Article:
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With grandson at the helm, famed bakery in San Francisco's Japantown celebrates 50 years

Famous San Francisco Japanese-American bakery turns 50
Famous San Francisco Japanese-American bakery turns 50 03:39

A Japanese-American bakery in San Francisco and its famous coffee crunch cake turn 50 years old this year. The man now running the shop in the city's Japantown seeks to continue his grandfather's legacy.

While his grandson crunches up a tray of candy coating, Moses Yasukochi still can't help but sneak a piece of the signature dessert he himself had baked for decades.

"Somehow or other, I lasted 50 years!" Yasukochi smiled.

The San Francisco native opened Yasukochi's Sweet Stop in December 1974. That was his dream growing up.

"I'm happy," he said.

The 87-year-old recalls how he could not refuse when friends offered him space for a bakery inside a grocery store.

"When it was a lot younger, I always said, 'I want to open a bakery in Japantown.' Because there's no bakery in Japantown," Yasukochi said.

He made a name for himself perfecting his own twist on the classic coffee crunch cake made famous by the old Blum's bakery on Union Square. A glowing newspaper review changed everything for the young business owner.

"It really took off and ever since my business has gone up," he said.

The publicity stirred up demand for the coffee crunch cake from locals and visitors from across the country.

Yasukochi's wife, Hatsy, helped decorate the cakes and her smile became the face of the bakery. Then in 2020, Hatsy passed away after exposure to COVID.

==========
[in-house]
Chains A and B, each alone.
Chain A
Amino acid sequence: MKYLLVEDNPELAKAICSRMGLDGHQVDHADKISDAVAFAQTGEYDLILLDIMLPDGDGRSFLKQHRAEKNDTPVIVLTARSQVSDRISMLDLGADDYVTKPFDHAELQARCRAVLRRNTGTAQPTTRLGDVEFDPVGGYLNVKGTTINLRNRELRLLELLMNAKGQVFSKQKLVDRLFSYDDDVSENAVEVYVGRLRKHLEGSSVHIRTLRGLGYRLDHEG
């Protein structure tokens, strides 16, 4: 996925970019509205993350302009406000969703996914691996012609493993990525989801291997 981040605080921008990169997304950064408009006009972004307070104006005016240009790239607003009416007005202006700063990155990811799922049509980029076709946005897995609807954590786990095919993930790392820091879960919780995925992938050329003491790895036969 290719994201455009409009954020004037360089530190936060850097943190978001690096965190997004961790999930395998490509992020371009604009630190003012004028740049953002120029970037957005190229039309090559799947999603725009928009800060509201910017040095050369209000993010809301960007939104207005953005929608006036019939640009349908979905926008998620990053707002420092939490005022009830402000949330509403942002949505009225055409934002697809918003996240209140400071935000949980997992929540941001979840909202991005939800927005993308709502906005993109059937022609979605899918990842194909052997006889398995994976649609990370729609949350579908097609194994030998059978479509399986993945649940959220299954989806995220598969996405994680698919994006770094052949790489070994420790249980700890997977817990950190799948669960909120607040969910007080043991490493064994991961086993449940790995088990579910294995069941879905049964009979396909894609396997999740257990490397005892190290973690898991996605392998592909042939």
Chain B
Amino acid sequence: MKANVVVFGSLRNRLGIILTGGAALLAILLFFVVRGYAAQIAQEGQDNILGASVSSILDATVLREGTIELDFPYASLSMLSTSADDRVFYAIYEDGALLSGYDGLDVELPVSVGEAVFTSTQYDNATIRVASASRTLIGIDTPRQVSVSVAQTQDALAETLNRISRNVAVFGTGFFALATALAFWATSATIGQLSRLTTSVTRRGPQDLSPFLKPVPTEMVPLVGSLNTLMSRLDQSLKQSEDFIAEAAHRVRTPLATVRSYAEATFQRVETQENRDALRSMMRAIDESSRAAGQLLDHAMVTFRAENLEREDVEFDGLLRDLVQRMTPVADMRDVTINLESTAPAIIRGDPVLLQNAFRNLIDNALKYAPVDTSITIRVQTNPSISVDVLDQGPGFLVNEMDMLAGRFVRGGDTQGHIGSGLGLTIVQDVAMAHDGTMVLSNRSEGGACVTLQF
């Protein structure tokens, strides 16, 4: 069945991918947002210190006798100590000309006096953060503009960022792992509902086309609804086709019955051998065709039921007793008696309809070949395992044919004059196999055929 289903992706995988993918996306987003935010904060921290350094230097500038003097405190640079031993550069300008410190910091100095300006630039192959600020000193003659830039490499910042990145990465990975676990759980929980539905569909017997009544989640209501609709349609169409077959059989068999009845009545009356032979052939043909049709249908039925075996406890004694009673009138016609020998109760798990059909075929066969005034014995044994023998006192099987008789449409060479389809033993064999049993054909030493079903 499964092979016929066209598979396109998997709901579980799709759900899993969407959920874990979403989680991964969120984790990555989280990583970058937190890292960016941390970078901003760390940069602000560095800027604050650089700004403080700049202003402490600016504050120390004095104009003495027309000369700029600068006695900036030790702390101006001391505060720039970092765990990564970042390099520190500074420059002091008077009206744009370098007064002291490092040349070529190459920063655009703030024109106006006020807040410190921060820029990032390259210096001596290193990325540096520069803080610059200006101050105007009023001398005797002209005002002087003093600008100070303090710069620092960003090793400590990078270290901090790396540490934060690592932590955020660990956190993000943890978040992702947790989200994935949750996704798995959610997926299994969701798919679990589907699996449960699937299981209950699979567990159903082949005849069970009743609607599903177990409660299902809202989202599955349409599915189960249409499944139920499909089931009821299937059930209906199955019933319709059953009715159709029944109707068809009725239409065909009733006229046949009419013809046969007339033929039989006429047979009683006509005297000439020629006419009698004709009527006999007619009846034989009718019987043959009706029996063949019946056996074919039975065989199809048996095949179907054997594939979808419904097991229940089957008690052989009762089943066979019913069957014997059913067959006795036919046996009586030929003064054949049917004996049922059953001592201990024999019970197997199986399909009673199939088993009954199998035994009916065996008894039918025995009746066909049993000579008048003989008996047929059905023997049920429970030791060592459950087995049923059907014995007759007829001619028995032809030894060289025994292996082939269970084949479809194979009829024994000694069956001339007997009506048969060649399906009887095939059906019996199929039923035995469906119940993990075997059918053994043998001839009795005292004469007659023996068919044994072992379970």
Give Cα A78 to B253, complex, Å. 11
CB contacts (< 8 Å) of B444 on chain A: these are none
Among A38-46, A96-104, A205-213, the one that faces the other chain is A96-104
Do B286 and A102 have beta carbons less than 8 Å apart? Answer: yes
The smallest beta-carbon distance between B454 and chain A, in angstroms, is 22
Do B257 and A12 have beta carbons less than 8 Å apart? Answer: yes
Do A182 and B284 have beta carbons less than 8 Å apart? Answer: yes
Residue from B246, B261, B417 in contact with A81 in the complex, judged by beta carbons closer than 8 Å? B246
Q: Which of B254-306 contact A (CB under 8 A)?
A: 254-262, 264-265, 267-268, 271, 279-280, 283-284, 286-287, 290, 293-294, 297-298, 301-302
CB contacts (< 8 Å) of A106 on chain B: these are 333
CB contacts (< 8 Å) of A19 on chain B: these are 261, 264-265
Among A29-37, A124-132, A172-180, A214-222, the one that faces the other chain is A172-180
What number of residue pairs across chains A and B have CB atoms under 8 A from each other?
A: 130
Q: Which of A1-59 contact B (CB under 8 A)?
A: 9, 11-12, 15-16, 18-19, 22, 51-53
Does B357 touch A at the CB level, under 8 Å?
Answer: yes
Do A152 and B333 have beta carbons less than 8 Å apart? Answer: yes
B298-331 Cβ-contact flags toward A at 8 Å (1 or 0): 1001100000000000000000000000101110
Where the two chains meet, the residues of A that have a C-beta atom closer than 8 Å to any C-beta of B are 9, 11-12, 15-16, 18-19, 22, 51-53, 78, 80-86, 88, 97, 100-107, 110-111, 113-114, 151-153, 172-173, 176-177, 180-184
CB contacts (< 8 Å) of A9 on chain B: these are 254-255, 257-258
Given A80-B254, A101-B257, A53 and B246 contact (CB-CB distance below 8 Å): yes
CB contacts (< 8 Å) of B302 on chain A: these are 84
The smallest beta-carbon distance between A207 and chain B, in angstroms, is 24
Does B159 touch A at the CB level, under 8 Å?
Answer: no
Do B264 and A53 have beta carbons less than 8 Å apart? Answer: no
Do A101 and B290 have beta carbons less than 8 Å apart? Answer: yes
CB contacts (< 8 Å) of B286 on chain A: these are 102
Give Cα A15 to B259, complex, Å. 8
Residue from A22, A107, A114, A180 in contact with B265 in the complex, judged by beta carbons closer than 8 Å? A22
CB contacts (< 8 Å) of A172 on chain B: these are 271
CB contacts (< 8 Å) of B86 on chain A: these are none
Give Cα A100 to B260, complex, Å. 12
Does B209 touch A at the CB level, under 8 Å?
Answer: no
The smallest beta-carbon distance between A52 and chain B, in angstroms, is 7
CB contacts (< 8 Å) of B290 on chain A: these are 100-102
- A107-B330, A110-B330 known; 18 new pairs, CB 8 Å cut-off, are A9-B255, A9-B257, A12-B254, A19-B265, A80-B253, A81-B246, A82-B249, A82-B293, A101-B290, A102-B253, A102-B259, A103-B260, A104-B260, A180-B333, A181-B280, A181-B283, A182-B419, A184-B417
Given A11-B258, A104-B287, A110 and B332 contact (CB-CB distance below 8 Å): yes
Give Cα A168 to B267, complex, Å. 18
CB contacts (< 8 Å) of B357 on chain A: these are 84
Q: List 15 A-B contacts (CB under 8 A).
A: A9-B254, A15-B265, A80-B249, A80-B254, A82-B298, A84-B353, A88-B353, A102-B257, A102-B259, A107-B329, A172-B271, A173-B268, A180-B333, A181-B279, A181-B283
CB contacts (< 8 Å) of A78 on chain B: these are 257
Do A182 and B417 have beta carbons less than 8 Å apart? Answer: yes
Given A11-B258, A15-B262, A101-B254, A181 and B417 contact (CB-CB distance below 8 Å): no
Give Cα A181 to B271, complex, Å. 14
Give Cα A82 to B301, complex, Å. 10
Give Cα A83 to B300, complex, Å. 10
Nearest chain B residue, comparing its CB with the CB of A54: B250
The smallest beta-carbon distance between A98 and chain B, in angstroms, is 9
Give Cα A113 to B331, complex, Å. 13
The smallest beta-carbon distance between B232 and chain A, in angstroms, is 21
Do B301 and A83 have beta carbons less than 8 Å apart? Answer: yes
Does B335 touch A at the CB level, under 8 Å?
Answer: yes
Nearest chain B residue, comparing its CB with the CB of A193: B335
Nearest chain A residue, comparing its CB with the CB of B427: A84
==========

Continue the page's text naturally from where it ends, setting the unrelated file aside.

"She was really good with the customers. Me, I was the grumpy guy in the back making stuff," he chuckled.

Today, Yasukochi is retired because of health issues, the weekly shop hours have been reduced, and he's turned the shop over to his grandson, Kenji Yick, a graduate of the French Culinary Institute.

"Grandpa didn't have any of his kids want to do it, so we skipped a generation," he smiled.

The city has named the bakery a Legacy Business. Yick said keeping it open is not just good for the family, it's also good for Japantown.

"We've been losing a lot of really old businesses around here. Nice to know at least one of them will be sticking around," said Yick.

So far, Yick is following his own recipe for success. The Sweet Stop is a semi-finalist for a 2023 James Beard Award, the culinary equivalent of the Oscars.

Despite its sustained popularity, Kenji admits he cannot bake his family's famous cake and eat it too.

"Fifteen years of having it every single birthday, you get tired of it eventually, so I don't think I've had it beyond taste tasting just to make sure it's right," Yick laughed.

For him, the icing on the cake is making people happy.

"That's one of the things I enjoy the most about it is, you give 'em the cake, and 'Oh, I'm so excited.' 'It's a big birthday party, we're so excited.' 'Oh, my grandma ate this when she was growing up,'" Yick explained.

And so, with his grandfather on the sidelines, Yick keeps the family tradition alive, celebrating five decades of growing a sweet spot for Yasukochi's Sweet Stop.

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